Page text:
A review of the specific acts or practices identified by the CFPB as problematic and resulting in UDAAP violations is instructive for industry participants in conducting their own internal compliance reviews to ensure that they do not not engage in similar practices.
Eleventh Circuit reverses troubling FDCPA ruling on lack of standing
In a recent bench decision, the United States Court of Appeals for the Eleventh Circuit reversed the course of two of its earlier decisions, now reversed, regarding whether a debt collector’s use of a third-party mail provider violated FDCPA (Fair Debt Collection Practices Act). The 11th Circuit had ruled that a collection agent’s electronic transmission of data about a consumer’s debt to a third-party mail provider violated FDCPA Section 1692c(b), which prohibits sharing a consumer’s personal information. a consumer to a third party “in connection with the collection of any debt.”
The 11th Circuit originally reversed the trial court’s order dismissing the action. The debt collector then requested a new hearing from which the 11th Circuit issued a surrogate opinion in October 2021, which dealt with the decision of the Supreme Court of the United States in TransUnion LLC vs. Ramirez.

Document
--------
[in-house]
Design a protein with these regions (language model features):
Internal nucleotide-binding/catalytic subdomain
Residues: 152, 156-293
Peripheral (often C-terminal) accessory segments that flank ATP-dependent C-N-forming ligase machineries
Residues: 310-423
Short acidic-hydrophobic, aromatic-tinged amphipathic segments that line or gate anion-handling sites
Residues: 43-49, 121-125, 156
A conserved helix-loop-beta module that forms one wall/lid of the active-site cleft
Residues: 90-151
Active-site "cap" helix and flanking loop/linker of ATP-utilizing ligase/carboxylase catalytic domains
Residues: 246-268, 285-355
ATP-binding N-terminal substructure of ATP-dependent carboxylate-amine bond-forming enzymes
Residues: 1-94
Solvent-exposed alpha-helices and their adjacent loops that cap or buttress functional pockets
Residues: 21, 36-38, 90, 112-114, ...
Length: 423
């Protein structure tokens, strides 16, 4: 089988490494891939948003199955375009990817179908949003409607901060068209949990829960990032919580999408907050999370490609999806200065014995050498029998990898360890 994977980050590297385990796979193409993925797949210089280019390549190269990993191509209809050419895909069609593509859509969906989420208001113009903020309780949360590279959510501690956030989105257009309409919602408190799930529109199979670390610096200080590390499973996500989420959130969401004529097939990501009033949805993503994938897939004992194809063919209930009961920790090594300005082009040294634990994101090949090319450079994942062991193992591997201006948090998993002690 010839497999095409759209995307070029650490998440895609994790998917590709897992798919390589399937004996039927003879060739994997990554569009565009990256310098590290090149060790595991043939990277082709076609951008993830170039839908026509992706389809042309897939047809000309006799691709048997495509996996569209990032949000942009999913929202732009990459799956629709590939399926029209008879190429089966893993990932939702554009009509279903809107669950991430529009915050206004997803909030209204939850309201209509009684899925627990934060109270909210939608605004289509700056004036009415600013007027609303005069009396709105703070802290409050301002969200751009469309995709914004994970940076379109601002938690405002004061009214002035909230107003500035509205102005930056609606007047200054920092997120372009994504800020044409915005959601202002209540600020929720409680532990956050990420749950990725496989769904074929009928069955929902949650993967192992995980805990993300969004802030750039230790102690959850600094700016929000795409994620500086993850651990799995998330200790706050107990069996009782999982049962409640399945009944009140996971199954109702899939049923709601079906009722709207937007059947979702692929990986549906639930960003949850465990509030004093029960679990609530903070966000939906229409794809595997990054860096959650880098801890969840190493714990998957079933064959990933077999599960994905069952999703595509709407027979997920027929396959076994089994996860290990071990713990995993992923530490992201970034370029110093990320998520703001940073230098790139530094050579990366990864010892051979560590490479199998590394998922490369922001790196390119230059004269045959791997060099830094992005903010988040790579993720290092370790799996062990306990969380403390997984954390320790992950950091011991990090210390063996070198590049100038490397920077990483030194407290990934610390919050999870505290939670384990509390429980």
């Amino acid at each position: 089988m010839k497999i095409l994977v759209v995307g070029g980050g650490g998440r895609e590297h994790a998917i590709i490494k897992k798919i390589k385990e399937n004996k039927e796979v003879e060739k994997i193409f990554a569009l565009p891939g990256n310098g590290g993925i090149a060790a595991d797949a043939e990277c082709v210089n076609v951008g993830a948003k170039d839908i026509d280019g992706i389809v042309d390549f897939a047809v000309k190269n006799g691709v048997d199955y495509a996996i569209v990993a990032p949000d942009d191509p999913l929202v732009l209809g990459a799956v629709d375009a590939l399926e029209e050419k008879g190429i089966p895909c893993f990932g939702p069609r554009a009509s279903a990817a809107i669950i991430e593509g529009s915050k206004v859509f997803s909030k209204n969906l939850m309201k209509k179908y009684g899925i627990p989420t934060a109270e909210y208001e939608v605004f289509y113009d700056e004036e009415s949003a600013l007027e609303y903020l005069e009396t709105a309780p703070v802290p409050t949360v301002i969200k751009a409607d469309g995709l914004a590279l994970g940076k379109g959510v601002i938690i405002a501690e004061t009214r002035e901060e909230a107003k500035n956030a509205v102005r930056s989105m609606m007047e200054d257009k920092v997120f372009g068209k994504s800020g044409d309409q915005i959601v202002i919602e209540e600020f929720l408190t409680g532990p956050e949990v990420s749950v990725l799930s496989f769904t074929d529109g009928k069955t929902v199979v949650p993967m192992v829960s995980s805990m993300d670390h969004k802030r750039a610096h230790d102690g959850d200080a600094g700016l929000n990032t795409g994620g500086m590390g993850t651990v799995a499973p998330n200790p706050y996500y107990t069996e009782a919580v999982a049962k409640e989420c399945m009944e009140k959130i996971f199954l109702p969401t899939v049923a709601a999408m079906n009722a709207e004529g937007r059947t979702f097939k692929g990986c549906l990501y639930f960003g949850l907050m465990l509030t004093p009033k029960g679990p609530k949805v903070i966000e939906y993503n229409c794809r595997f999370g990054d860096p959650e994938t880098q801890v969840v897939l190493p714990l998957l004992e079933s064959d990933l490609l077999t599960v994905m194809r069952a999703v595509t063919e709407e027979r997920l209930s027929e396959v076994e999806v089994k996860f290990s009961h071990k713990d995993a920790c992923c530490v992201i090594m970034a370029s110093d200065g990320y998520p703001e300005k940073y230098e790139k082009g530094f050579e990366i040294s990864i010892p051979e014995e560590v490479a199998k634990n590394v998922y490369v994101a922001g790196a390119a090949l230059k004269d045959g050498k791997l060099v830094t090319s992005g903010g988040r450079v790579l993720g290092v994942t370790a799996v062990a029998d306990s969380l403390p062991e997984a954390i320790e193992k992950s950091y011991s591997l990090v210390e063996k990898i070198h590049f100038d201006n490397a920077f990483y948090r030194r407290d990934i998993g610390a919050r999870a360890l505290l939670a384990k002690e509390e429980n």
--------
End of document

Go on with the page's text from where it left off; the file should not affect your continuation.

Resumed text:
However, a few weeks later, the 11th Circuit issued a order spontaneously quashing the counsel’s opinion and ordering that the matter be heard again, this time before the bench sign.
In its recent decision, the majority of bench the panel decided in favor of the debtor collector on the strict basis of a lack of standing to act. Relying on recent Supreme Court decisions, the majority of the 11th Circuit found that the debt collector had only alleged a mere violation of the law and had not alleged concrete harm in fact sufficient to justify the Federal Court’s exercise of jurisdiction over the lawsuit.
practice pointer: While some collectors consider this decision a victory, caution is still in order. The 11th Circuit did not address the underlying problem; namely, whether the use of third-party providers violates the FDCPA. Moreover, this decision would not prevent similar lawsuits from occurring in state courts. Debt collectors and debt managers should continue to review and monitor their use of third-party vendors with a keen eye.